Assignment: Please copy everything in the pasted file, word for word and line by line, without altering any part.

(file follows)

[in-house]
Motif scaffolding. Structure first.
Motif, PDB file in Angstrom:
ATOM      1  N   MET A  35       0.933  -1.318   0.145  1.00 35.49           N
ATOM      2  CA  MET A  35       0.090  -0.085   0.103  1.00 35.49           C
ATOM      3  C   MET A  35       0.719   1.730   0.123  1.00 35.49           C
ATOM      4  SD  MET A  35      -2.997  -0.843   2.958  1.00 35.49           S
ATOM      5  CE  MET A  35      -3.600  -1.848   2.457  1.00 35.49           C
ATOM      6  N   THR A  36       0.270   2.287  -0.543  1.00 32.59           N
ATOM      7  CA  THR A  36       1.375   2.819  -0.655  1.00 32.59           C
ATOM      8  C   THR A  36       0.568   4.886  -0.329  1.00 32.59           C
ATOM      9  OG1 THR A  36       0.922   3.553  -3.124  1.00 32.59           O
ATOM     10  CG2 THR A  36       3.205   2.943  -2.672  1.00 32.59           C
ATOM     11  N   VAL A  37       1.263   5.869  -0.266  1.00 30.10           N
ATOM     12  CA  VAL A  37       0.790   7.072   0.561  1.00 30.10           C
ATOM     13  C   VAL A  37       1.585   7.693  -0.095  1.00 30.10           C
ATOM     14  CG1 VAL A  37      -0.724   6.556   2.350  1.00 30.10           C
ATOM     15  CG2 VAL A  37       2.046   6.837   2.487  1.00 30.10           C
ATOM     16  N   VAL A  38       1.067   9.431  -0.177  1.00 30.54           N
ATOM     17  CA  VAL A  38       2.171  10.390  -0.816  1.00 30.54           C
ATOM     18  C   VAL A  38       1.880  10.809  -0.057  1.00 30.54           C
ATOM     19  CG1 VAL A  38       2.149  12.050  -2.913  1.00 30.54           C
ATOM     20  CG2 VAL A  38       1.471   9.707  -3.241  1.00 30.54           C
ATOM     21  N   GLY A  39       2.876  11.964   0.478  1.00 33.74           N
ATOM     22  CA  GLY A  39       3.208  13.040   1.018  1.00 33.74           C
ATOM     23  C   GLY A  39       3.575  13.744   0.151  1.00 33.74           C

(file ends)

[in-house]
Motif scaffolding. Structure first.
Motif, PDB file in Angstrom:
ATOM      1  N   MET A  35       0.933  -1.318   0.145  1.00 35.49           N
ATOM      2  CA  MET A  35       0.090  -0.085   0.103  1.00 35.49           C
ATOM      3  C   MET A  35       0.719   1.730   0.123  1.00 35.49           C
ATOM      4  SD  MET A  35      -2.997  -0.843   2.958  1.00 35.49           S
ATOM      5  CE  MET A  35      -3.600  -1.848   2.457  1.00 35.49           C
ATOM      6  N   THR A  36       0.270   2.287  -0.543  1.00 32.59           N
ATOM      7  CA  THR A  36       1.375   2.819  -0.655  1.00 32.59           C
ATOM      8  C   THR A  36       0.568   4.886  -0.329  1.00 32.59           C
ATOM      9  OG1 THR A  36       0.922   3.553  -3.124  1.00 32.59           O
ATOM     10  CG2 THR A  36       3.205   2.943  -2.672  1.00 32.59           C
ATOM     11  N   VAL A  37       1.263   5.869  -0.266  1.00 30.10           N
ATOM     12  CA  VAL A  37       0.790   7.072   0.561  1.00 30.10           C
ATOM     13  C   VAL A  37       1.585   7.693  -0.095  1.00 30.10           C
ATOM     14  CG1 VAL A  37      -0.724   6.556   2.350  1.00 30.10           C
ATOM     15  CG2 VAL A  37       2.046   6.837   2.487  1.00 30.10           C
ATOM     16  N   VAL A  38       1.067   9.431  -0.177  1.00 30.54           N
ATOM     17  CA  VAL A  38       2.171  10.390  -0.816  1.00 30.54           C
ATOM     18  C   VAL A  38       1.880  10.809  -0.057  1.00 30.54           C
ATOM     19  CG1 VAL A  38       2.149  12.050  -2.913  1.00 30.54           C
ATOM     20  CG2 VAL A  38       1.471   9.707  -3.241  1.00 30.54           C
ATOM     21  N   GLY A  39       2.876  11.964   0.478  1.00 33.74           N
ATOM     22  CA  GLY A  39       3.208  13.040   1.018  1.00 33.74           C
ATOM     23  C   GLY A  39       3.575  13.744   0.151  1.00 33.74           C